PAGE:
Touk, the Cambodian pop-up restaurant that bravely took up residence in the kitchen of Old Montreal’s Parliament Pub and Parlour during the pandemonium of the pandemic spring, is winding down this week — but not without two final takeout events befitting the occasion.
Tomorrow, December 8, Touk will supplement its regular offering of Cambodian street food with a five-course takeout menu and beer pairing. The takeout event will resemble one held last month with Dieu du Ciel, but this time comes courtesy of a collaboration with artist-led craft brewery Collective Arts Brewing from Ontario, where chef Chanthy Yen grew up.
The menu opens with a snow pea soup and fish roll; is followed by a shrimp, cashew, mango, and mint salad; is headlined by a turmeric, coconut-flavoured chicken and rice dish; and concludes with a brownie that carries over the coconut and ties in the beer theme with a spike of stout. As the menu unfolds, the beers bounce from a light citrus-infused blonde pale ale to a rich New England IPA; a sour, hoppy beer is meant to intermingle with the Kroeung (a yellow curry paste of lemongrass, turmeric, and more) in the main, and for dessert, what else but a rich, chocolatey porter.
For Touk’s final night, on Saturday, December 12, Yen is trading in the beer pairings for cocktails and wine, but preserving the tasting menu format that first garnered him recognition during his tenure at now-no-more Fieldstone. “Our farewell dinner will be filled with heavy hitters demonstrating some interesting techniques. It’ll be very Cambodian, but also very Montreal,” Yen says.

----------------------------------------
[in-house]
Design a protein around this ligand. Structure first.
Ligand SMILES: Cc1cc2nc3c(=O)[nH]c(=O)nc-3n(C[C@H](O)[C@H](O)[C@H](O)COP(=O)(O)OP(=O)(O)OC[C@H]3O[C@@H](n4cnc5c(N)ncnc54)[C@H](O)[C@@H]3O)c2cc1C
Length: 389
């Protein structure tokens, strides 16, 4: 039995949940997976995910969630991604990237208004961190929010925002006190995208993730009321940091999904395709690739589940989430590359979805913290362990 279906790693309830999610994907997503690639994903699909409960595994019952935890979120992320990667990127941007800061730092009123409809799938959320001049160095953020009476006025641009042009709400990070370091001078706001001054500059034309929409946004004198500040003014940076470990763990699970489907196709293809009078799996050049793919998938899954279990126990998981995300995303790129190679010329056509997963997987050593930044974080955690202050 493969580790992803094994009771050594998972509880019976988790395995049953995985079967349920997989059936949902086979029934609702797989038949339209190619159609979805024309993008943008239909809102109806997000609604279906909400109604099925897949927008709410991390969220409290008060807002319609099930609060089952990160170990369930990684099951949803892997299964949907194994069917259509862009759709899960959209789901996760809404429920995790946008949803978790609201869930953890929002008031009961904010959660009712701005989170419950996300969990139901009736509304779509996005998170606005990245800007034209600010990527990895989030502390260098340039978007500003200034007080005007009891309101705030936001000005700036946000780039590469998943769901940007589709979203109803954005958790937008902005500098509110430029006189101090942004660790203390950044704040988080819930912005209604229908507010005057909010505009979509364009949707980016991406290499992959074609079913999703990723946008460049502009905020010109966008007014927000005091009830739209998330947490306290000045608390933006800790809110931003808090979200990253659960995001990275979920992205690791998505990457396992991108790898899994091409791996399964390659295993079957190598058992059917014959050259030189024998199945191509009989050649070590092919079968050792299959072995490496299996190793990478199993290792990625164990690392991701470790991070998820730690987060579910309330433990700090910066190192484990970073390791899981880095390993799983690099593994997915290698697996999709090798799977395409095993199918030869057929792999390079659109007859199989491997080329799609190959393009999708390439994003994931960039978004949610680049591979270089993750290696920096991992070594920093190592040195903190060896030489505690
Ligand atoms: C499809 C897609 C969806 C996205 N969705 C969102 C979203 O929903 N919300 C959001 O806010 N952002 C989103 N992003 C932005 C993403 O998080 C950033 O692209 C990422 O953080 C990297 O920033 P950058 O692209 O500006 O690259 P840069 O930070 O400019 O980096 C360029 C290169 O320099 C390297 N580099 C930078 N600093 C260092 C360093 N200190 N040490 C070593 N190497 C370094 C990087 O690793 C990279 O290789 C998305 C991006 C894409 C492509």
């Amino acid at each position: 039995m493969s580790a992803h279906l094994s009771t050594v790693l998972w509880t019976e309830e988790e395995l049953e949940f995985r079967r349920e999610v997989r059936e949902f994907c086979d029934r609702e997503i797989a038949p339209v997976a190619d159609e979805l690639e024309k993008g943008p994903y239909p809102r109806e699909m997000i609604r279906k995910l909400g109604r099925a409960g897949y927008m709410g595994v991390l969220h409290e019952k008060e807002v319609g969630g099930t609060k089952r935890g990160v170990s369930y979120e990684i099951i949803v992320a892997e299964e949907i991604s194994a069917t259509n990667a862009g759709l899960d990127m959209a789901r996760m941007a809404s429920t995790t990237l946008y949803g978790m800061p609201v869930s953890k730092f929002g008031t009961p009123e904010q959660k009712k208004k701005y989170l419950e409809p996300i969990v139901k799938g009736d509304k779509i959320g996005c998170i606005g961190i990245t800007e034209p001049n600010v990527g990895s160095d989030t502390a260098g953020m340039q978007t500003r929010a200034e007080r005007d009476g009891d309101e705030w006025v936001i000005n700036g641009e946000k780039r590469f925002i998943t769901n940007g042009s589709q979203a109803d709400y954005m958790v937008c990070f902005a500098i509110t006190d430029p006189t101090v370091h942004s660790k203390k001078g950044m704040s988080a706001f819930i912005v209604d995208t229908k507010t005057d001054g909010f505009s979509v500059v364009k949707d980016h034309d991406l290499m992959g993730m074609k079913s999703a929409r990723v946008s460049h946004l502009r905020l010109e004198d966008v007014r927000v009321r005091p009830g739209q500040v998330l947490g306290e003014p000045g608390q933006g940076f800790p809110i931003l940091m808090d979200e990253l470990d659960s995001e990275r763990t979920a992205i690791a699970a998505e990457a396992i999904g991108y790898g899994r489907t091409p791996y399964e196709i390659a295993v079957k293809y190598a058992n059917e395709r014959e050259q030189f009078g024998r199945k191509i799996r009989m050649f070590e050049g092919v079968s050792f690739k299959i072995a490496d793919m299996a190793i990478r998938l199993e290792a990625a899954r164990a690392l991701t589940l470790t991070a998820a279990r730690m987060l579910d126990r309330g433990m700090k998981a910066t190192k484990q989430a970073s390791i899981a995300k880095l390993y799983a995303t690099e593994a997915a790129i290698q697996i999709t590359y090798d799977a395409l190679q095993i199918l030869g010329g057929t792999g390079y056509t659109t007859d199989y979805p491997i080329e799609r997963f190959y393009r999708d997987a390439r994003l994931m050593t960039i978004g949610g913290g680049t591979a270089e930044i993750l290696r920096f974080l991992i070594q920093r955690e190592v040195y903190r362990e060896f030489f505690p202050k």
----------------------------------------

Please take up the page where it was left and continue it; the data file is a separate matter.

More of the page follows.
Explaining why he’s been orchestrating these one-off tasting menus in addition to Touk’s everyday offering of Cambodian street food, even when pandemic constraints would certainly justify his scaling down, Yen says, “I’m just trying to show people that Cambodian cuisine has its own voice, ingredients, and techniques, and is just as deserving as Italian and French food.”
The idea for Touk had been gestating for some time — it almost got its start as a concessions stall at Time Out Market before Yen decided it wasn’t the right fit. But it only took shape once Parliament, where Yen was working as an executive chef, temporarily closed for the pandemic. “It was actually on my birthday that Kevin Demers [the owner of Parliament, and other bars like Cold Room and El Pequeño] had said to me, ‘Okay, if you think this is going to happen, I truly believe in you 100 percent. Five days later, Touk was born.” Within a couple of weeks, Yen made headlines internationally, including in Phnom Penh and, most recently, in Bon Appetit.
Though this may be the end of the line for the Parliament-based pop-up, it certainly isn’t the last you’ll see of Yen — or even Touk. “There may be a comeback, but it’ll be a different version of Touk,” Yen says, hinting at ongoing plans for a potential beer shop in Pointe-Saint Charles.
The pop-up has emboldened Yen, who’s come out of it feeling — for the most part — encouraged by the reception of his Cambodian creations. “I knew that taking a chance meant that I would have to accept that sometimes things are just going to suck. People are going to say mean things, even people within your immediate community. We opened up during the midst of the pandemic and the faces and the racist slurs that I’ve seen and heard directed towards me just on the streets were really hard. But, I have to say, my biggest takeaway is that I have much more support from strangers than I ever really thought I did.”